• Inclusion of libraries in the conditions under which education facilities are used as community storm shelters.
  • Metadata (CLICK HERE)

Operating experience, use pattern anecdotes, war stories and such are always gratefully received any day during our daily open-door teleconferences 11 AM Eastern time; however direct participation in the ICC Code Development Process should always be a first choice.  CLICK HERE to get started.

The image criteria of our WordPress theme does not permit many images of college and university libraries to be shown fully dimensioned on sliders or widget galleries.  We reproduce a few of the outsized images here and leave the complexities of financing, designing, building and maintaining of them in a safe and sustainable manner for another day.   If you need specific information please refer to the links at the bottom on this, very long, page.

 Click on any image for image credit and other information

“Bibliotheque_Sainte-Genevieve” | University of Paris, et al

Johns Hopkins University

Library at Thorildsplans Gymnasium (Thorildsplan upper secondary school) | Stockholm, Sweden

Budapesti Corvinus Egyetem

George H.W. Bush Library | Texas A&M University

Bilkent Üniversitesi Kütüphanesi / Türkiye

St. John’s College | University of Cambridge

Tama Art University Library | 多摩美術大学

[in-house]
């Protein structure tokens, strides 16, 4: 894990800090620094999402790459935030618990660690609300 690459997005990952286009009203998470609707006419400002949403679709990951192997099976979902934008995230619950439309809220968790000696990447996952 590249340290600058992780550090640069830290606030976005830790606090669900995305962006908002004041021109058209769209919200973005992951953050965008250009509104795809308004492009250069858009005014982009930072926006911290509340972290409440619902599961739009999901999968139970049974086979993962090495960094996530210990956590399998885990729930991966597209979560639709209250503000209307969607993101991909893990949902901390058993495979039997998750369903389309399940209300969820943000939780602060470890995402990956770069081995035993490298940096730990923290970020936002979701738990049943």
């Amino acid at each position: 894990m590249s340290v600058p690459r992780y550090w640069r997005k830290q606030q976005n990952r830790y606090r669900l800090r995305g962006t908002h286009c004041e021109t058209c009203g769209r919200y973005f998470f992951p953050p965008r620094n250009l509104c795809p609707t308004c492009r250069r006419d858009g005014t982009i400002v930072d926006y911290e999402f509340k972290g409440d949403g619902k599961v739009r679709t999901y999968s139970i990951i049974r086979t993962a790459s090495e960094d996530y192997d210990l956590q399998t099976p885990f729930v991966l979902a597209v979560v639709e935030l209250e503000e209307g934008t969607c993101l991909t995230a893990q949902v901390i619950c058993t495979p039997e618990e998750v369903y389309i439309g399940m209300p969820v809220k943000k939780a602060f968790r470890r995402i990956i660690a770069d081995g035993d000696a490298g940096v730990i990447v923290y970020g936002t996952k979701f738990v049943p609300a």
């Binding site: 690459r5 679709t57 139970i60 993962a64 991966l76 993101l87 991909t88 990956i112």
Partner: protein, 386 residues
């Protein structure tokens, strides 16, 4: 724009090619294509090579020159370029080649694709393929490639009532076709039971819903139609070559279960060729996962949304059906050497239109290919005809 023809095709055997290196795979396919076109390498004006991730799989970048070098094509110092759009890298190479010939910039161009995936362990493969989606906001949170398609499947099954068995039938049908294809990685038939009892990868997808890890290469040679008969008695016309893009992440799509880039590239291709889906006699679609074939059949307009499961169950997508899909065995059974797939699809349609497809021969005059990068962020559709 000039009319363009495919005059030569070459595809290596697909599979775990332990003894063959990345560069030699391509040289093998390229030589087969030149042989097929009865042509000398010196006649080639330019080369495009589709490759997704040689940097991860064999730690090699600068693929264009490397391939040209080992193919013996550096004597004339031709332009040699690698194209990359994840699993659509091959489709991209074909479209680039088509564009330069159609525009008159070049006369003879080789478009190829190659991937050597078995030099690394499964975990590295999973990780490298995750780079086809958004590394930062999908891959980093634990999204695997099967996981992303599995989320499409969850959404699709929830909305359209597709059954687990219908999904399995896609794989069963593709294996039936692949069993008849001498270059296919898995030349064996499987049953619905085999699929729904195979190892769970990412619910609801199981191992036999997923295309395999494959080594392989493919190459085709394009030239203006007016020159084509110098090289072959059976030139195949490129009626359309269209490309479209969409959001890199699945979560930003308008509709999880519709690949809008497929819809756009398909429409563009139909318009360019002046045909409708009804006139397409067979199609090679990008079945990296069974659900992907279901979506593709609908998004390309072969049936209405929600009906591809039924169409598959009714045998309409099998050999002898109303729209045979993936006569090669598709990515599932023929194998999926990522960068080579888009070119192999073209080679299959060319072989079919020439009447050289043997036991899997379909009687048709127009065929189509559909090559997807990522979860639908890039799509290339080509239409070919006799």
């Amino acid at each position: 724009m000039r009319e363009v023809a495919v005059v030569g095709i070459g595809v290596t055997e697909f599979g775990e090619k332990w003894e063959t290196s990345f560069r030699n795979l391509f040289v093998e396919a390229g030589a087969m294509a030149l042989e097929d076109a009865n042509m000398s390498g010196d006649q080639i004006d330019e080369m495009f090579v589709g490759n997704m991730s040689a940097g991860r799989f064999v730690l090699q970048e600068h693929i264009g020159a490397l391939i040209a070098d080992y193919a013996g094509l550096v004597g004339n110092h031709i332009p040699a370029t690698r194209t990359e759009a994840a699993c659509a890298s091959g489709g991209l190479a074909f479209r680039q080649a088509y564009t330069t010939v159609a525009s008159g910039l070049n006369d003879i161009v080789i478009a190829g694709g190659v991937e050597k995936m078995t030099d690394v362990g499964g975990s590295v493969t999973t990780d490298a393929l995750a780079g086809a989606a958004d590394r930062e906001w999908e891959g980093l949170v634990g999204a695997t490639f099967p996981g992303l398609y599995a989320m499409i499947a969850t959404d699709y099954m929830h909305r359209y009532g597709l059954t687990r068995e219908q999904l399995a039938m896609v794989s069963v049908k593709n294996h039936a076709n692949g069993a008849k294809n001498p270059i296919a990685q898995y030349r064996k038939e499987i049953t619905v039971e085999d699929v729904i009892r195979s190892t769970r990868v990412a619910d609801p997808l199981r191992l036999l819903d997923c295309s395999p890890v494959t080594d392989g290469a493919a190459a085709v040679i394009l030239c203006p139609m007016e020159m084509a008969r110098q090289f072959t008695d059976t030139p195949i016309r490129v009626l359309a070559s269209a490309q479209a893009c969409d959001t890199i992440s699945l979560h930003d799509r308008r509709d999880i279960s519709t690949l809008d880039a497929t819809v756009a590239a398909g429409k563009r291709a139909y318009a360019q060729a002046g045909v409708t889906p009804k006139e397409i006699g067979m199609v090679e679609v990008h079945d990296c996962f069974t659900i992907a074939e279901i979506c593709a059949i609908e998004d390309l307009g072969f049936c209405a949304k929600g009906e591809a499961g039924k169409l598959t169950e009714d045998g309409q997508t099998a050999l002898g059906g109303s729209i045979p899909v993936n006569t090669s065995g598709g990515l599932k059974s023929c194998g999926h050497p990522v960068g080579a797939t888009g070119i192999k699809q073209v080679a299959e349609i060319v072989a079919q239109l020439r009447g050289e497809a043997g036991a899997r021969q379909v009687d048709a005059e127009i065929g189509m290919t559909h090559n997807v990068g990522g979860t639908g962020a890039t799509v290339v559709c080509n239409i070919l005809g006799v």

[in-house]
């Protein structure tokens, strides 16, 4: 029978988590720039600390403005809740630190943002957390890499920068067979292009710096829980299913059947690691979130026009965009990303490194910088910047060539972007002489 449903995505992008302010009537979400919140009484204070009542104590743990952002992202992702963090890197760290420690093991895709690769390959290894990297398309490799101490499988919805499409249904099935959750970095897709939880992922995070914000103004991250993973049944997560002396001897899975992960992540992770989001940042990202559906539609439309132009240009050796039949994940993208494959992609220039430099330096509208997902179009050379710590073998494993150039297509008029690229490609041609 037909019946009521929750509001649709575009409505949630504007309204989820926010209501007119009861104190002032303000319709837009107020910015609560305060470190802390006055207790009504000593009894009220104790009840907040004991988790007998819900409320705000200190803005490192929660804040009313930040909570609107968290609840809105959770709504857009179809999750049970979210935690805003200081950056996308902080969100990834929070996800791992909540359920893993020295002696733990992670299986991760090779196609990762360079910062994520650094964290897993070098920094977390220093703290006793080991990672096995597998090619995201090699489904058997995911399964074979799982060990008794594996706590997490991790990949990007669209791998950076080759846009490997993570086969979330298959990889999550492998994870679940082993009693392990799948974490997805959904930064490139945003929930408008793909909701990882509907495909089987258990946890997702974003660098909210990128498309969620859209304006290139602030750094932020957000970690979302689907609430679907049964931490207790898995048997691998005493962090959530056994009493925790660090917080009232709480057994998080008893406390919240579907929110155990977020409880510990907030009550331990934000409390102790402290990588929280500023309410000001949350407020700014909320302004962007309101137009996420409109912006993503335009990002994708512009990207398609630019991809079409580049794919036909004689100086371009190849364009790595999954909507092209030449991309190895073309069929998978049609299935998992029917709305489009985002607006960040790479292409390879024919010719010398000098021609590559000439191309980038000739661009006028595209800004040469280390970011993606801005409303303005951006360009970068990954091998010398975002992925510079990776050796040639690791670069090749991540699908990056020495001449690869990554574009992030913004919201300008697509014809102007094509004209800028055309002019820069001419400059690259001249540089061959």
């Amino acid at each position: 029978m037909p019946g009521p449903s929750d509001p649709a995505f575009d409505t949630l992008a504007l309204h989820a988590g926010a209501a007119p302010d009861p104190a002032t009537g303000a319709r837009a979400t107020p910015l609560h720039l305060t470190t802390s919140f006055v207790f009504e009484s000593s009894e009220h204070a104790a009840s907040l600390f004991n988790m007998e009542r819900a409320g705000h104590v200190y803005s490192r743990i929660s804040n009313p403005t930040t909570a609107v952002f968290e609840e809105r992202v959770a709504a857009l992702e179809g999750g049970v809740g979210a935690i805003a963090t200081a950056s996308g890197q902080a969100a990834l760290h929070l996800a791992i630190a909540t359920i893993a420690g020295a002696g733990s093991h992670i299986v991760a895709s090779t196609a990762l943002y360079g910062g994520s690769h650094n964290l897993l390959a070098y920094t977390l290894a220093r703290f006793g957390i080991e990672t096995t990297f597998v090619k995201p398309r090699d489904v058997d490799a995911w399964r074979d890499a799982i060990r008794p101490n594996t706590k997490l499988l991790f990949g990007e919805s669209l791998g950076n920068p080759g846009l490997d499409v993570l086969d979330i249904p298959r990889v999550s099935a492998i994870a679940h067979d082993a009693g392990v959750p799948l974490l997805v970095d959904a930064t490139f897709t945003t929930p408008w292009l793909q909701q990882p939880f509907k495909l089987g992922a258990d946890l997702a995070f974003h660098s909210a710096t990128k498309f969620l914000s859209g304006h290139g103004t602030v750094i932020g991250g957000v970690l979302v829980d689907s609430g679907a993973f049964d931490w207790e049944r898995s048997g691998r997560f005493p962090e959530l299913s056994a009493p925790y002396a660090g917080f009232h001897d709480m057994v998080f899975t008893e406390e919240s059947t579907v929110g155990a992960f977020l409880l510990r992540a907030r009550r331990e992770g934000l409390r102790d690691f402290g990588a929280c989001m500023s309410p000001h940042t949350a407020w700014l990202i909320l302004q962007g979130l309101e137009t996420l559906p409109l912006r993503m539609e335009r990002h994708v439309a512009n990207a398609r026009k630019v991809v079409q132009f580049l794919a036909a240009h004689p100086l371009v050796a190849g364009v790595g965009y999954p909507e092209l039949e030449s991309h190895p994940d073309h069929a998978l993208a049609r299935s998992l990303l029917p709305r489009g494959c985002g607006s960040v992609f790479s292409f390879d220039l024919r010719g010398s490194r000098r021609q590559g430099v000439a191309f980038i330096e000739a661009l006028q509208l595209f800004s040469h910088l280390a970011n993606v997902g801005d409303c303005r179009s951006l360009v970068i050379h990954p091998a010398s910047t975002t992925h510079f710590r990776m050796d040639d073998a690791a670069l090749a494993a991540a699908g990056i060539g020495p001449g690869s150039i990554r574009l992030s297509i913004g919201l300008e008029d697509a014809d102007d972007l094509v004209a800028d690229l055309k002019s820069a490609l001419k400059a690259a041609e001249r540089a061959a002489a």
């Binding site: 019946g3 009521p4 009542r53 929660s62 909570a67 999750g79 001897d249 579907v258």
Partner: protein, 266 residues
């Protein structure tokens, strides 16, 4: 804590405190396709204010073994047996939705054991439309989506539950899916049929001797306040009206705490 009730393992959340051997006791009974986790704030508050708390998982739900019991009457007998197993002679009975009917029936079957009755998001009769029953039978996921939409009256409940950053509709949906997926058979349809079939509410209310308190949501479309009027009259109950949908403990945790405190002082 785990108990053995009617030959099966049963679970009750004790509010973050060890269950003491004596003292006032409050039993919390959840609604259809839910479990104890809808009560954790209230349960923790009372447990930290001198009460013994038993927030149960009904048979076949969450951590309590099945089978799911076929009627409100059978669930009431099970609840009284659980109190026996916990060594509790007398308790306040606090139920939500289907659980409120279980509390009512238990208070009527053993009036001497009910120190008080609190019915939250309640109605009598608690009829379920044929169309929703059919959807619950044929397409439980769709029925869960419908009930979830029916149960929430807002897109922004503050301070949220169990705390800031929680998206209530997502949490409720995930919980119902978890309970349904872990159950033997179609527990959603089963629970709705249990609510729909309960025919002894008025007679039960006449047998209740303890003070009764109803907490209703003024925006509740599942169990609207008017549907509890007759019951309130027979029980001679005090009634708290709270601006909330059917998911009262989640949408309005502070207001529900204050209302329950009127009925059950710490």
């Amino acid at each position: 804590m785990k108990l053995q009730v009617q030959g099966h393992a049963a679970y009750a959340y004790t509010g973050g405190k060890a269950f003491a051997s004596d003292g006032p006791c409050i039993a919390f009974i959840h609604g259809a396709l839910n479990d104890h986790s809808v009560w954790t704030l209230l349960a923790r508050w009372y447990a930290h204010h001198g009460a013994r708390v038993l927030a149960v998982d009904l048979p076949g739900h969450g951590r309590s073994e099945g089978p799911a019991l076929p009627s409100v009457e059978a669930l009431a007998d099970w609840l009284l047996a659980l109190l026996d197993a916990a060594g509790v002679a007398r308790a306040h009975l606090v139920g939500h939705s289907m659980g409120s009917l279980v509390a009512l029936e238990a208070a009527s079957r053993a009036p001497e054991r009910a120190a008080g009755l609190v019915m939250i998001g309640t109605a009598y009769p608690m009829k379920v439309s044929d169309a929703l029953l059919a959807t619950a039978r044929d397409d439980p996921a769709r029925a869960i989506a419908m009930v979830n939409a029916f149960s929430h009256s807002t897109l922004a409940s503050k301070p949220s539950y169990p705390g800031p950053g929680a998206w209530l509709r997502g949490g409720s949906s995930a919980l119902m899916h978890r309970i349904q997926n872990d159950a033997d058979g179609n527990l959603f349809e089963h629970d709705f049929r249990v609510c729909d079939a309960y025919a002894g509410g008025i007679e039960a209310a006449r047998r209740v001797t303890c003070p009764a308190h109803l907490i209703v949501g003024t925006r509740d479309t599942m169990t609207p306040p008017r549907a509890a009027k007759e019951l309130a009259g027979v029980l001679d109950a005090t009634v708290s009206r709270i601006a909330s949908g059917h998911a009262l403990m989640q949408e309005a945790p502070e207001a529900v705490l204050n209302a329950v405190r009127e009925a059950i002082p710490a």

University of San Diego

Delft University of Technology Library

University of Notre Dame

University of Utrecht

University of Ottawa

University of Derby

Akita International University | Nakajima Library

Dominican University

Erasmus University

The Masters University

The Ohio State University

University of Washington

Vilnius University Library

Biblioteca Centrală a Universității Politehnica Timișoara | Romania

University of Southern California

Københavns Universitet

Roskilde Universitet

Bowling Green State University

Universität Wien

新加坡管理大学 | Singapore Management University

上海大学 | Shanghai University Library

Universidade de Coimbra

University of Michigan Law School

More coming.

Archive / Library Structural Engineering

Codes, Standards, Guidelines, Recommended Practice and Standards of Care for Libraries & Media Centers

Libraries / §303 Assembly Group

Library of Alexandria

The International Building Code (IBC) defines Assembly Group A as an occupancy that includes, among others, the use of a building or structure, or a portion thereof, for the gathering of persons for purposes such as civic, social or religious functions; recreation, food or drink consumption or awaiting transportation.  Today we are interested in standards action, if any, in libraries (or spaces formerly known as “libraries”) that are the beating heart of any educational enterprise.  When they are used as community storm shelters, things become a little more complicated.